An important paper has appeared recently on the way organisms have adapted their vision to dim light. The authors point out that the first vertebrates appearing in the fossil record lived in shallow water, open shelf marine environments. Many animals living in these environments today have rhodopsin molecules with their greatest sensitivity to light of about 500 nm, which matches what we know of spectral intensities at dusk. This, then, becomes the baseline figure for light sensitivity, and the authors have identified other maximum sensitivities ([lambda]max) that are representative of animals from different ecological niches.
"According to their [lambda]maxs and light environments, rhodopsins are classified into four groups: deep-sea (480-485 nm), intermediate (490-495 nm), surface (500-507 nm), and red-shifted (525 nm) rhodopsins."
Rhodopsin, a dim-light photoreceptor (Source here)
A major achievement of the research is the identification of modification to rhodopsins that have contributed to wavelength sensitivity. "[T]he [lambda]maxs of most contemporary rhodopsins can be explained largely by a total of 15 amino acid replacements at 12 sites." The authors could, like many others have done, assume that these 15 amino acid changes are the result of positive (Darwinian) selection. However, they did not make this assumption but set out to test for positive selection using various methods. This is where there were some unexpected findings. The surprises are well expressed by Hughes in a commentary essay:
"In fact, the results showed that the codon-based methods were 100% off target. When Bayesian methods were applied to a set of closely related rhodopsin sequences, eight sites were identified as "positively selected." Yet not one of these sites was among the 12 sites known to be involved in adaptive changes in rhodopsin sensitivity. Moreover, amino acid changes at these sites were shown experimentally to have no effect on [lambda]max and thus almost certainly to lack any adaptive significance."
This is a remarkable finding. Adaptation has occurred, but evidence of positive (Darwinian) selection lacks confirmation. At very least, it demonstrates that the Darwinian mechanism of survival of the fittest is not the key to understanding adaptation of dim-light vision. As we shall see (in a separate blog), Hughes goes much further than that.
It is worth noting that the phenotypic adaptations analysed in this research would be regarded as microevolution by many scientists. We are not considering variations needed to form new functionality, but rather the fine-tuning of existing functionality. As such, these findings are no more supportive of evolutionary biology than they are of ID biology or even Creation-orientated biology. However, since the research demonstrates adaptation without positive selection, is this evidence for neutral evolution? Serious questions about this can be raised because of convergence:
"4 of the 15 critical amino acid replacements occurred multiple times during rhodopsin evolution: [. . .]. Such extensive parallel changes strongly implicate the importance of these and other amino acid replacements at the 12 sites in the functional adaptation of vertebrate dim-light vision." [. . .] "In vertebrate rhodopsins, several amino acid replacements occurred multiple times and, furthermore, the biologically significant [lambda]max shifts occurred on at least 18 separate occasions."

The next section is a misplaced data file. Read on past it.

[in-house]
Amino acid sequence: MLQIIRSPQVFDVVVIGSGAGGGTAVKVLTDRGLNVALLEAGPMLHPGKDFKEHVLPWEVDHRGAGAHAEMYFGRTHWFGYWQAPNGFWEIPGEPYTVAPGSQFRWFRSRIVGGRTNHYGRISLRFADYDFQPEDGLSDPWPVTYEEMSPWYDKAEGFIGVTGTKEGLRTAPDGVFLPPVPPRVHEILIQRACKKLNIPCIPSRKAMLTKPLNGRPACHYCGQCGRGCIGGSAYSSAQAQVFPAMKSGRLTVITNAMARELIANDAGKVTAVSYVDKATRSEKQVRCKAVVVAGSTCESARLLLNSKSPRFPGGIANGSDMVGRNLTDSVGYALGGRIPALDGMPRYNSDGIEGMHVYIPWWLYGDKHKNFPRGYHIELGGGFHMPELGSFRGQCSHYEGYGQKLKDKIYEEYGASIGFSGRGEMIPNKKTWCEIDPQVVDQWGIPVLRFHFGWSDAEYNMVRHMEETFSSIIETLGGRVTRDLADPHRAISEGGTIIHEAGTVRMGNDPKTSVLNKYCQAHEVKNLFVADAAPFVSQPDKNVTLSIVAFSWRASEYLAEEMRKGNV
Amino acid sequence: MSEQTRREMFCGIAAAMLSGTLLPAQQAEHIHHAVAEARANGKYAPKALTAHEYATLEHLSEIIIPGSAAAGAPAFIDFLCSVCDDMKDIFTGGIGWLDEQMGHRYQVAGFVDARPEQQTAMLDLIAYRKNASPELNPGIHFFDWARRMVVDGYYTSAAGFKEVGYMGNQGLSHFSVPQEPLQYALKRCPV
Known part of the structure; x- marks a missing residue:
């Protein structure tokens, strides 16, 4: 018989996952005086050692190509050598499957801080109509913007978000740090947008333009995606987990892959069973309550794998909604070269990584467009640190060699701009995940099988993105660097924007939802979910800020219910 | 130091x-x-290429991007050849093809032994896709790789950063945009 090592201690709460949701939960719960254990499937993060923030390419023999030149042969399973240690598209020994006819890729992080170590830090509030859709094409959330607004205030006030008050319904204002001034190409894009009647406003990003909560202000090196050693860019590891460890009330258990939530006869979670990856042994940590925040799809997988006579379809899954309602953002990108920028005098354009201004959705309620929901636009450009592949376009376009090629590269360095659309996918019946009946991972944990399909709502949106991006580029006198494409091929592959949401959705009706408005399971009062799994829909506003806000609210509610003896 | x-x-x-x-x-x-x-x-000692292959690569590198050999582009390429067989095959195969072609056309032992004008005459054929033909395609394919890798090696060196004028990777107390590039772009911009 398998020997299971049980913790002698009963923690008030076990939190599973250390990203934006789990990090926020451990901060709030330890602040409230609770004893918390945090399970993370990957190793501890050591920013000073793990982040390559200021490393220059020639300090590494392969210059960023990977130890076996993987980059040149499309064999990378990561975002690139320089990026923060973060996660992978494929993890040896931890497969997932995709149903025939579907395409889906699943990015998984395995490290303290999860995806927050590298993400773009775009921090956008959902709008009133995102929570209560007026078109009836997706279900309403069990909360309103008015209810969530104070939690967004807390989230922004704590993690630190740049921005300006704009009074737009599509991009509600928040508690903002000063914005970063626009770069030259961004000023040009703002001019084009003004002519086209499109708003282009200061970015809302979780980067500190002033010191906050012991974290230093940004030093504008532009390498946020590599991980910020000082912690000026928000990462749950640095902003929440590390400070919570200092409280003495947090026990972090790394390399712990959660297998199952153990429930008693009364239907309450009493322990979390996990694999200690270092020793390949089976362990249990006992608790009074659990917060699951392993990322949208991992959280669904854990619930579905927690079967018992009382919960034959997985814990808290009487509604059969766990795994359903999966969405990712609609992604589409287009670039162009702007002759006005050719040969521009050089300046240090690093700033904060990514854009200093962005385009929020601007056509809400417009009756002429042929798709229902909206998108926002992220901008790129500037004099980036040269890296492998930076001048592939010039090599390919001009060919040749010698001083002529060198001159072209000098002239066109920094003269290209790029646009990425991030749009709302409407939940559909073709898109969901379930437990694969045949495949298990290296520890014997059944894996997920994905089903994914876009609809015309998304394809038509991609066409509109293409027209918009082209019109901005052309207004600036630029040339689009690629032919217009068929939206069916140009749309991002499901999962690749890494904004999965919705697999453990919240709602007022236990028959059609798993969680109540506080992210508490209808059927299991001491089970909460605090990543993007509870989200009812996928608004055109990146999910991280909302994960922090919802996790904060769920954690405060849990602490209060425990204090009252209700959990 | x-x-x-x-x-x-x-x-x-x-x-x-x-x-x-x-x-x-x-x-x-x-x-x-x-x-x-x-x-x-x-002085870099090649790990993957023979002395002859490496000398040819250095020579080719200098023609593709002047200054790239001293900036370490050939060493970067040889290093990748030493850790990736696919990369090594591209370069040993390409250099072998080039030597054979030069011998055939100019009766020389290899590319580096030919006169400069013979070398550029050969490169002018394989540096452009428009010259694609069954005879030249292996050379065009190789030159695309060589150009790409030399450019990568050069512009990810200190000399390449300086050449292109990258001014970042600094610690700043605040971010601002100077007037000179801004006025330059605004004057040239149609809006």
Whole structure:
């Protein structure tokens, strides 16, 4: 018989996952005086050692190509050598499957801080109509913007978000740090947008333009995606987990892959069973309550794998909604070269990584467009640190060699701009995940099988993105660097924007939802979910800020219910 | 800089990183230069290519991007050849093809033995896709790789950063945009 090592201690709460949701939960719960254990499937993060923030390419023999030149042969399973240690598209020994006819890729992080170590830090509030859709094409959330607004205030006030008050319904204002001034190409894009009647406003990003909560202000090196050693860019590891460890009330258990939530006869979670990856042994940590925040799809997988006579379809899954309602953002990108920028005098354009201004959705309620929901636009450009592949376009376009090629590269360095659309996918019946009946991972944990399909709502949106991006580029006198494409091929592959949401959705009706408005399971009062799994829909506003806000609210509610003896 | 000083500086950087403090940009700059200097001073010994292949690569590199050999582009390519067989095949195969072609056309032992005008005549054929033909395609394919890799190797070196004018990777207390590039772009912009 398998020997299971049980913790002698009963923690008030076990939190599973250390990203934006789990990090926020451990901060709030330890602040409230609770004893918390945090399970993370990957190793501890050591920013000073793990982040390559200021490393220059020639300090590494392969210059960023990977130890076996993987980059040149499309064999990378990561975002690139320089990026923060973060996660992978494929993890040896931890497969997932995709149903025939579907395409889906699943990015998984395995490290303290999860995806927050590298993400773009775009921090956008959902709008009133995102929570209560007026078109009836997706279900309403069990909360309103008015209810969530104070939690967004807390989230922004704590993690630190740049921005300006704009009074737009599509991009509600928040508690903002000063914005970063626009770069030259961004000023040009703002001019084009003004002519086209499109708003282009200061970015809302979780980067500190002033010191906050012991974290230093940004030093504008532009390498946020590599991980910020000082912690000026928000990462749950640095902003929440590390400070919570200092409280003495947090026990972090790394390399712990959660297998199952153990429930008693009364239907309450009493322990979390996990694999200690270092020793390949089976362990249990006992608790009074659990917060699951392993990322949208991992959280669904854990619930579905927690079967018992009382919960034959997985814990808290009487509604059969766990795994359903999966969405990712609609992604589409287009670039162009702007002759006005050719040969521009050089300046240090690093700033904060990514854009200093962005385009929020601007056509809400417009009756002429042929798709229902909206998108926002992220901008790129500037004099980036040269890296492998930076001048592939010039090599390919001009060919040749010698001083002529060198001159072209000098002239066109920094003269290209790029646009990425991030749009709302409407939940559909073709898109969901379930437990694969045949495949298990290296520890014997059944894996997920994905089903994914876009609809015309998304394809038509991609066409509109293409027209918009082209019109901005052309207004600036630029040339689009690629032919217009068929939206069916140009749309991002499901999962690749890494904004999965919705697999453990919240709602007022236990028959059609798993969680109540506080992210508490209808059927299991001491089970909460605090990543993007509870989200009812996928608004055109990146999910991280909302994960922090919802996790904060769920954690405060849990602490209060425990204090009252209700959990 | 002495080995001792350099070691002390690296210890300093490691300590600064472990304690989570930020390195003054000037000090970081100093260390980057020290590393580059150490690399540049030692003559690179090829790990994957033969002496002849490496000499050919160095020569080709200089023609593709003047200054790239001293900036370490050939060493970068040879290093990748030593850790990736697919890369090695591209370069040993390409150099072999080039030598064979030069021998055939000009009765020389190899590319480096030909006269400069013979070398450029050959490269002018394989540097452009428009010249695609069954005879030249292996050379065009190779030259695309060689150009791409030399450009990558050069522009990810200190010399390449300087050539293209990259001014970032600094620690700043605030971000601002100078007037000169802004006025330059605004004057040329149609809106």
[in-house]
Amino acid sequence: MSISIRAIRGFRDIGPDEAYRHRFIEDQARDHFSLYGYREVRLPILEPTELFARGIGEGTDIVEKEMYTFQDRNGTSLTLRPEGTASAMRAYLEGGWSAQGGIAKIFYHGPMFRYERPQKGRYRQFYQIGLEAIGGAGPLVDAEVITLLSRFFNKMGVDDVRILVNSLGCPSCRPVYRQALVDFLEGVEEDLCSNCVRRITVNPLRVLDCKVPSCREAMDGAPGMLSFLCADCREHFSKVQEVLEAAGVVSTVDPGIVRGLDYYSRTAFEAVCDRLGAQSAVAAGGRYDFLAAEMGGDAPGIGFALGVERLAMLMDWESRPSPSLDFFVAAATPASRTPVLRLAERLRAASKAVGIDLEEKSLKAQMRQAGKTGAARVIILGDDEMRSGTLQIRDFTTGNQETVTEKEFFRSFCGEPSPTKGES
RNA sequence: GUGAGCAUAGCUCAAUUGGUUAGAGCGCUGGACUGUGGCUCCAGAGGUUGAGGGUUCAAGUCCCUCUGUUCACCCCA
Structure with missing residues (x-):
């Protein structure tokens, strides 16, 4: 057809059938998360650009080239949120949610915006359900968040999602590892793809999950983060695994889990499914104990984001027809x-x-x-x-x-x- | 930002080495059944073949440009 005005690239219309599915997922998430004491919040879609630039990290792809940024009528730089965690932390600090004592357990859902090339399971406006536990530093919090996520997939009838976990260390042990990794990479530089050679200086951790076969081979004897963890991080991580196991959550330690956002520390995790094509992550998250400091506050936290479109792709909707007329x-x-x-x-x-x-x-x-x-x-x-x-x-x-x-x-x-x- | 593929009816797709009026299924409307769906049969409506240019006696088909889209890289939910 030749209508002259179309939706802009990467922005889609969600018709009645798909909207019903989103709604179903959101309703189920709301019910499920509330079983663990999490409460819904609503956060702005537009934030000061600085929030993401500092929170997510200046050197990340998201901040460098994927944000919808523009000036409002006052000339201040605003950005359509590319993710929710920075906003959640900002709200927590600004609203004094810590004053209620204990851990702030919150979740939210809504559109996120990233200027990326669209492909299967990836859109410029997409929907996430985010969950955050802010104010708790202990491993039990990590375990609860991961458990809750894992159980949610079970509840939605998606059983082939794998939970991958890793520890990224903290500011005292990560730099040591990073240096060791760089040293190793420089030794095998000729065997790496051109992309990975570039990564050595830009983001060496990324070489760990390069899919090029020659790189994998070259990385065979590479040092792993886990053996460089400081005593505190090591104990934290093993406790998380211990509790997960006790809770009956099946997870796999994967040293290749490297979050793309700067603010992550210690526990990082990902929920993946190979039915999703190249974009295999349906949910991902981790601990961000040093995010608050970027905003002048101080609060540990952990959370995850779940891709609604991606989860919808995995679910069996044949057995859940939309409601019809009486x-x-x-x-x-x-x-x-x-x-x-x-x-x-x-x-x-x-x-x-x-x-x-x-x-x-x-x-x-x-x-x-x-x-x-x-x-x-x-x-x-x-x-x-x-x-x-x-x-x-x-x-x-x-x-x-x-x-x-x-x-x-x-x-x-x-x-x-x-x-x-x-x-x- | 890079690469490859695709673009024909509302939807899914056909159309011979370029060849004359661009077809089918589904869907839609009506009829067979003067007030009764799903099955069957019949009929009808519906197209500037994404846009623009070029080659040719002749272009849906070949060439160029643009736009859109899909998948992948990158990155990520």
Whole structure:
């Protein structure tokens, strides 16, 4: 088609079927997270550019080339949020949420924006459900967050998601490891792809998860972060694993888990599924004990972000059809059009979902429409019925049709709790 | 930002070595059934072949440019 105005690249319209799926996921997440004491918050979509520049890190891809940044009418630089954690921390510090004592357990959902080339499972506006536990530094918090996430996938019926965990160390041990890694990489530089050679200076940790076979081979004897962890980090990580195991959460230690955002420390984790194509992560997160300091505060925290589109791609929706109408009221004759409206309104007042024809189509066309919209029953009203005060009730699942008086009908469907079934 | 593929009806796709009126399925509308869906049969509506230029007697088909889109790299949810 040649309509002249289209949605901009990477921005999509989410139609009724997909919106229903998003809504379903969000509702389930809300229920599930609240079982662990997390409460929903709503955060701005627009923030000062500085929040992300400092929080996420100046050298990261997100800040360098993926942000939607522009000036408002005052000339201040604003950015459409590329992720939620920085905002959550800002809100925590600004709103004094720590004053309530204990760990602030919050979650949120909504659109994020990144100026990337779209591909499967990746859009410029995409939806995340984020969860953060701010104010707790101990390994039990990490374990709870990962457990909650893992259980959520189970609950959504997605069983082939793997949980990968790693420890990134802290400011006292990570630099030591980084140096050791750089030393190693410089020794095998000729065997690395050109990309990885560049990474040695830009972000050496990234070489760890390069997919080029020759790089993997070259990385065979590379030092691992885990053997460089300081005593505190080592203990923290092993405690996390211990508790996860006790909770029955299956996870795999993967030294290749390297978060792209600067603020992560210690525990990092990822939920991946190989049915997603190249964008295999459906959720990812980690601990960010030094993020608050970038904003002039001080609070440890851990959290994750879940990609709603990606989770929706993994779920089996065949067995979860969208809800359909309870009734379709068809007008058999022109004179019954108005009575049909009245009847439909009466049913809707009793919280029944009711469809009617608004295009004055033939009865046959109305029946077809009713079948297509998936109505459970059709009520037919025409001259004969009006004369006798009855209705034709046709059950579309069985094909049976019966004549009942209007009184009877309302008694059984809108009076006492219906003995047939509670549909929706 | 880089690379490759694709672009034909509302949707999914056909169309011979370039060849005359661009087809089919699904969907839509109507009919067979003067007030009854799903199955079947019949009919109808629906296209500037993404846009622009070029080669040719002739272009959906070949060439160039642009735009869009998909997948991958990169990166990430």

This points us away from stochastic processes towards something more structural. In turn, this raises the question whether mechanisms for variation are designed rather than deterministic or stochastic. But this question cannot even be considered by those who reject design on ideological grounds. Here is yet another example of where design perspectives open up novel aspects of research to explain data that does not fit comfortably into the reigning paradigm.
Elucidation of phenotypic adaptations: Molecular analyses of dim-light vision proteins in vertebrates
Shozo Yokoyama, Takashi Tada, Huan Zhang, and Lyle Britt
Proceedings of the National Academy of Sciences, 105(36), 13480-13485, September 9, 2008 | doi:10.1073/pnas.0802426105.
Vertebrate ancestors appeared in a uniform, shallow water environment, but modern species flourish in highly variable niches. A striking array of phenotypes exhibited by contemporary animals is assumed to have evolved by accumulating a series of selectively advantageous mutations. However, the experimental test of such adaptive events at the molecular level is remarkably difficult. One testable phenotype, dim-light vision, is mediated by rhodopsins. Here, we engineered 11 ancestral rhodopsins and show that those in early ancestors absorbed light maximally ([lambda]max) at 500 nm, from which contemporary rhodopsins with variable [lambda]maxs of 480-525 nm evolved on at least 18 separate occasions. These highly environment-specific adaptations seem to have occurred largely by amino acid replacements at 12 sites, and most of those at the remaining 191 (~94%) sites have undergone neutral evolution. The comparison between these results and those inferred by commonly-used parsimony and Bayesian methods demonstrates that statistical tests of positive selection can be misleading without experimental support and that the molecular basis of spectral tuning in rhodopsins should be elucidated by mutagenesis analyses using ancestral pigments.
Hughes, A.L. The origin of adaptive phenotypes, Proceedings of the National Academy of Sciences, 105(36), 13193-13194, September 9, 2008 | doi: 10.1073/pnas.0807440105.
Coppedge, D.F. How Not to Prove Positive Selection (Creation-Evolution Headlines, Sept 5, 2008).
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